Too Much Information: 3 Frustrating Problems With Signage

Too Much Information: 3 Frustrating Problems with Signage:  What message does your signage send to your students?  Is it easy to find what they need, or overwhelming?

Good signage is vital in a learning space.  Ideally, your students should be able to walk into your space, look around, and find the things that they need without having to ask for help.  Realistically, I know that this isn’t usually what happens, but it’s the goal to aim for. In general, I would say that very few schools err on the side of too little signage.  It’s pretty rare to walk into a school library that doesn’t at least have their fiction, non-fiction, and other sections labeled.  Or a classroom or makerspace that doesn’t have some sort of directions posted or bins labeled.

Too Much Information – What is Your Signage Saying?

More often than not, there area lot of problems with our signage that drive our students away.  And we usually aren’t even aware that it’s happening.  These are a few of the common problems I’ve found with library/learning space/classroom signage and some suggestions on how to remedy them:

Visual Overload

The problem I usually find isn’t that there isn’t enough signage – it’s that there’s so much signage that the average user doesn’t know where to start when looking around.  There are so many messages. You don’t just have a sign labeling non-fiction and a sign for each of the Dewey sections; there’s signs for each individual shelf. Shelf labels.  Big signs. End-cap signs with die-cut labels advertising a program. Lots and lots of posters collected from over the years. Signs with instructions on how to use the OPAC. Signs with library rules on them.  Bulletin board displays. Flyers for various programs. Collections of forms that students use.

All of these things aren’t necessarily bad in and of themselves.  But when you combine them all together, it can become a massive visual overload.  There’s too much information. Too much noise. Too much stimulus. For our students (and for adults as well) this can be overwhelming.  It can lead you to feel like shutting down. To just grab a book from a nearby display because it’s too exhausting to search for what you want.

Action steps:  Take a signage inventory and ask yourself – is this sign really needed?  Can I communicate this information in another way? Can I cut the verbiage in half?

Here’s some changes you can make:

  • Get rid of the signage you don’t need.  
  • Try to create visual consistency by using the same fonts and colors throughout (I’m looking at you Canva for Work Brand Kit).  Visual consistency helps to tone down the visual noise.
  • For necessary information that you can’t take down (rules, instructions, etc.) cut the number of words used on the sign down as much as possible.  Remember: “Brevity is the soul of wit”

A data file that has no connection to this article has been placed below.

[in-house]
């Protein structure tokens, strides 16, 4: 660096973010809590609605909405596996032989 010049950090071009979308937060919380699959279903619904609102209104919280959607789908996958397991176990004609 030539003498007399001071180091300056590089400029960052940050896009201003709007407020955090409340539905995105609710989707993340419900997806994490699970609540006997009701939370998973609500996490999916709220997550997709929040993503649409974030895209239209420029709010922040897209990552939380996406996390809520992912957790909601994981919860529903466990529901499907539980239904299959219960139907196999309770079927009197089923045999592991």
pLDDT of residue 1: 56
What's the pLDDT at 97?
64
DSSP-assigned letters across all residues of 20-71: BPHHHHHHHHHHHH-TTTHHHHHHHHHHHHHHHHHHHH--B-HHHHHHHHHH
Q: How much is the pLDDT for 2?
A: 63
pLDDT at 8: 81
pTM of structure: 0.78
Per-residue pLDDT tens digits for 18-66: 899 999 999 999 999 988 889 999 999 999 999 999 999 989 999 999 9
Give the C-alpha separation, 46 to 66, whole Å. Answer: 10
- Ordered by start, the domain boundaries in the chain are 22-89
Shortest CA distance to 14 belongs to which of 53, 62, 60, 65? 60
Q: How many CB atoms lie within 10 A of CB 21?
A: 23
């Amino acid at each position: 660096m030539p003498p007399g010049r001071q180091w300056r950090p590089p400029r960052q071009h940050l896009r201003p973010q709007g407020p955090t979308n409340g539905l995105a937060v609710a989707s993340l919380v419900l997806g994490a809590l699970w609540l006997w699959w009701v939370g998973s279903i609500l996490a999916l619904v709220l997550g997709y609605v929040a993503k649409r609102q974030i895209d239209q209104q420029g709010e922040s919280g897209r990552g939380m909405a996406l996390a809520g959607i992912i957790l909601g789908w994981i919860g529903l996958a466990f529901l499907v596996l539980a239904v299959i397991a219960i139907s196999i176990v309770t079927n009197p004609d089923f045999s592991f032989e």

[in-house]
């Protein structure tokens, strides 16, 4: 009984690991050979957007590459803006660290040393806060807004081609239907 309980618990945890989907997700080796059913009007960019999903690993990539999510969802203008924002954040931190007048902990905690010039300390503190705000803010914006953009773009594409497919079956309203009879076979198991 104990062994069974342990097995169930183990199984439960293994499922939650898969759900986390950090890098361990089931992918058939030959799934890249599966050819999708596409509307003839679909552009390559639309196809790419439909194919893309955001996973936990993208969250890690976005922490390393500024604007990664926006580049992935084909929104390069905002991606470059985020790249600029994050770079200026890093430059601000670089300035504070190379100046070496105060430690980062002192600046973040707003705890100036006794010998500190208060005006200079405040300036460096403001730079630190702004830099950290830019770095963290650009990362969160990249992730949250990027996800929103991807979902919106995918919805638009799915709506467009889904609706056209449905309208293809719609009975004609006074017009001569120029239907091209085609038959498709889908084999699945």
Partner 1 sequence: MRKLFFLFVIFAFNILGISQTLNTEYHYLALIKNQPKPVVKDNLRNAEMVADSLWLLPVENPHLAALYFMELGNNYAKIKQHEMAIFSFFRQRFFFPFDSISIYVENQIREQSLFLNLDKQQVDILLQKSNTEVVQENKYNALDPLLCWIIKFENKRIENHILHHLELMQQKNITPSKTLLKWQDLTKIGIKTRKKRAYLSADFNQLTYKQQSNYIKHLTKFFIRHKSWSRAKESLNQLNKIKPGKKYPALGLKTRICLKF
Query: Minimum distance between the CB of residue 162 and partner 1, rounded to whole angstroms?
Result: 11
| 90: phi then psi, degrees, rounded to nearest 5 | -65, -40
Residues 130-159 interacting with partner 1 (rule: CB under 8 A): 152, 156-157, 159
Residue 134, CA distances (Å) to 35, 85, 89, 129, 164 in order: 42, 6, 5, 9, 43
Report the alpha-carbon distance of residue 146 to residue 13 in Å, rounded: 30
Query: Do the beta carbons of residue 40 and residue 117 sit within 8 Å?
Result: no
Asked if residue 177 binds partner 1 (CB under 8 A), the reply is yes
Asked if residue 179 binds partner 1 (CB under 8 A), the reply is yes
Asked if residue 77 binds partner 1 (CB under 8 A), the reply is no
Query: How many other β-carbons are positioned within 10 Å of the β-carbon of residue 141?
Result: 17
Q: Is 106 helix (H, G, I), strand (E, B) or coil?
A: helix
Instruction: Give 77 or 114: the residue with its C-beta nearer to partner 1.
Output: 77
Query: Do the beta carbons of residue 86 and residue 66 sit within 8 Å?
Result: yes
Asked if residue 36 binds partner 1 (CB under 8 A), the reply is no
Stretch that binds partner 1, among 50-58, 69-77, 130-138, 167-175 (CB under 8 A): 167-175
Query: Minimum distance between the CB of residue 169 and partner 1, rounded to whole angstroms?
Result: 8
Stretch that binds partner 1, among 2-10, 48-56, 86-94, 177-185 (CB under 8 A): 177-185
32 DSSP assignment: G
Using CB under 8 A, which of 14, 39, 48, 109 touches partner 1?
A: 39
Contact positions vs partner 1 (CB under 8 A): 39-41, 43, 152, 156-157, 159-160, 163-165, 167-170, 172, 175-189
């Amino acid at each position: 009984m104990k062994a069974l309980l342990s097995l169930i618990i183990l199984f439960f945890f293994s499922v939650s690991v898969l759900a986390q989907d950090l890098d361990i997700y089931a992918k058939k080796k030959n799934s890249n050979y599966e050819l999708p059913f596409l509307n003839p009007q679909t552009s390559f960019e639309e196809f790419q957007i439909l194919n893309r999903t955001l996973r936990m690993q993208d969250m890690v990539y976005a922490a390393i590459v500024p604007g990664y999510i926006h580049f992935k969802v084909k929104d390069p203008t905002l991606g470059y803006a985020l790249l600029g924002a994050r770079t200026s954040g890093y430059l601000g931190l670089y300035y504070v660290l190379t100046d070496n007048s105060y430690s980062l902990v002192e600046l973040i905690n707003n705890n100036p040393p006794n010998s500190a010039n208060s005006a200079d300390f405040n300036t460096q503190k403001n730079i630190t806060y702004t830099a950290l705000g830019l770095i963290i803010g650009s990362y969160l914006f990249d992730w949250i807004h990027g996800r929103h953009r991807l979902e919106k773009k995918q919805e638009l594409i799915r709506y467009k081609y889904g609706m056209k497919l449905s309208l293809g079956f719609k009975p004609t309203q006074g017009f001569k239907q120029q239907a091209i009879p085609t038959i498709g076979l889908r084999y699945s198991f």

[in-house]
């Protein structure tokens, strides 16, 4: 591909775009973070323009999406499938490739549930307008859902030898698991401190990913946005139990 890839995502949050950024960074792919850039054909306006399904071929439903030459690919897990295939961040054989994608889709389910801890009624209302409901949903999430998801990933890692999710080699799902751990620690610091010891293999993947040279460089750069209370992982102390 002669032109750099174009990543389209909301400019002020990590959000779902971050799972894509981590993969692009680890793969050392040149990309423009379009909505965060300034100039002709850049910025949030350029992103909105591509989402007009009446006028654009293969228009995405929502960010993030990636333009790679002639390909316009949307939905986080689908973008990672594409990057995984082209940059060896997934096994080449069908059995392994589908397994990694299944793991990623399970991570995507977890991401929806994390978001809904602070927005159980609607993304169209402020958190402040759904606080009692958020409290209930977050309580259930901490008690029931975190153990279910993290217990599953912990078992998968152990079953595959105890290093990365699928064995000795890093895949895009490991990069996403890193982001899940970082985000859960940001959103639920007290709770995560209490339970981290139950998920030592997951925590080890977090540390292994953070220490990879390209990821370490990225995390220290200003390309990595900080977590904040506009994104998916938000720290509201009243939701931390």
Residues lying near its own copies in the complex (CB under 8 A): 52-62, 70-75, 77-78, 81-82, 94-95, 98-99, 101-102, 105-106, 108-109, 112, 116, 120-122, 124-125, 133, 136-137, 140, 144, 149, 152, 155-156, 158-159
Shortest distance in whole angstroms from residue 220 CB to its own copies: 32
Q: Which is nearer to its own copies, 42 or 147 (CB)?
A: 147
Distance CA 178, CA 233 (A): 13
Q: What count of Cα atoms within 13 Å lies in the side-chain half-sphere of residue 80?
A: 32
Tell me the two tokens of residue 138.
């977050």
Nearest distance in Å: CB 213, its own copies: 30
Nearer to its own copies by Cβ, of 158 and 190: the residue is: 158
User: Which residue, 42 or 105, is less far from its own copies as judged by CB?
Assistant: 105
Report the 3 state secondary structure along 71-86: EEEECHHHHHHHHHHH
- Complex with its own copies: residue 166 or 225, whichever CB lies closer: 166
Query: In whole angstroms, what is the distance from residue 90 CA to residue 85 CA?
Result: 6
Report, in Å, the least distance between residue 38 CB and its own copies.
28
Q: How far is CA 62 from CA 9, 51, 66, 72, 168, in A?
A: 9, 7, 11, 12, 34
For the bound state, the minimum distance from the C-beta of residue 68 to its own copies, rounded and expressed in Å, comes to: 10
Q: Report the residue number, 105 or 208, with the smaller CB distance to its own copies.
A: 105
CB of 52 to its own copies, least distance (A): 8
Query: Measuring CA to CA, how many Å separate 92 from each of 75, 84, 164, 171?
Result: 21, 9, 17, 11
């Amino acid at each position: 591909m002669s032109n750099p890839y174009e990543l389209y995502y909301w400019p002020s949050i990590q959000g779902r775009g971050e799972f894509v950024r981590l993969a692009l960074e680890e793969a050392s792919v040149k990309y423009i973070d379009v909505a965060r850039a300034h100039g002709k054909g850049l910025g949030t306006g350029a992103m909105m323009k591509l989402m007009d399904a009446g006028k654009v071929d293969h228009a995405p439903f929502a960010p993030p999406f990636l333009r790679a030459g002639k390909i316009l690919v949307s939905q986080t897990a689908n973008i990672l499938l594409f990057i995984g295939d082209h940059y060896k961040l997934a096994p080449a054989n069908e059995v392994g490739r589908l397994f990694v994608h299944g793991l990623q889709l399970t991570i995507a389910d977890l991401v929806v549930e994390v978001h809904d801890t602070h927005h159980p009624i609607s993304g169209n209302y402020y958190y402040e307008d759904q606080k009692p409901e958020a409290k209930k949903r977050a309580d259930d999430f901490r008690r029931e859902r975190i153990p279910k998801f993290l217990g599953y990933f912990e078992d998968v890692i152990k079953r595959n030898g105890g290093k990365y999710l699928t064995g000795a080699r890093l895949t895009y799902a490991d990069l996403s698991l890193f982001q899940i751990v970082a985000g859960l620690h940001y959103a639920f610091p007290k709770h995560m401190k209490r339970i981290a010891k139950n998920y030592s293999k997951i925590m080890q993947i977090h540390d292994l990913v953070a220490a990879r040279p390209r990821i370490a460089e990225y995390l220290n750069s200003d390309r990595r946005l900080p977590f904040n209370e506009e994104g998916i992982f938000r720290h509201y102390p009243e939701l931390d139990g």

Conflicting Messages

When you first walk in, you see a sign that says “Welcome to the library!  We’re so glad you’re here”. Then when you go further, you see signs like these: “NO FOOD OR DRINK IN COMPUTER LAB”  “Do NOT rearrange tables and chairs” “Students with overdue books will NOT BE ALLOWED to check out new ones”.

The messages conflict.  You start with a positive message and then are confronted with negative ones.  Obviously, we sometimes have to have rules. But can you reframe them in a positive light?  “Please enjoy your food and drink in the cafe area. We don’t want sticky keyboards.” “Feel free to rearrange the tables and chairs, but please put them back like this diagram when done”  “Got overdue books? Feel free to select a book from our Little Free Library Cart”

See how much nicer those feel?  No one wants to feel yelled at when they haven’t even done anything wrong yet.

Action Step:  Look for signage in your space that presents a negative message.  Either get rid of the rule or find a way to reframe it in a positive light

Too Much Text, Not Enough Pictures

What is the text-to-picture ratio of your signage?  If it’s predominantly words, you could be disenfranchising certain students.  What about your English-language learners? Dyslexic students? Color-blind students?  Students who are on a low-reading level? Try to use minimal, simple text and add graphics that help explain what the sign is for when possible.  For makerspace storage, use just a picture of pencils to label the box that pencils go in, or include the word and the picture. For showing where your fantasy books are kept, include the word along with an image of a dragon.  Give your students visual clues to help them out.

Action Steps:  Analyze your signage for the ratio of visuals to text.  Alter signs as needed to add more images.

For more on the science-y side of decoration and signage, check out this article.

How do you make your signage student friendly?  What are some awful library/classroom signs you’ve seen?


Diana Rendina, MLIS, is the media specialist at Tampa Preparatory School, an independent 6-12 in Tampa, FL. Previously, she was the media specialist at Stewart Middle Magnet School for seven years, where she founded their library makerspace. She is the creator of the blog RenovatedLearning.com. She was a monthly contributor to AASL Knowledge Quest from 2015-2018. Diana is the winner of the 2016 ISTE Outstanding Young Educator Award, the 2015 ISTE Librarians Network Secondary Award, the 2015 AASL Frances Henne Award & the 2015 SLJ Build Something Bold Award. She is an international speaker on the Maker Movement and has presented at conferences including AASL, FETC & ISTE. Diana co-authored Challenge-Based Learning in the School Library Makerspace with Colleen and Aaron Graves and is also the author Reimagining Library Spaces: Transform Your Space on Any Budget.

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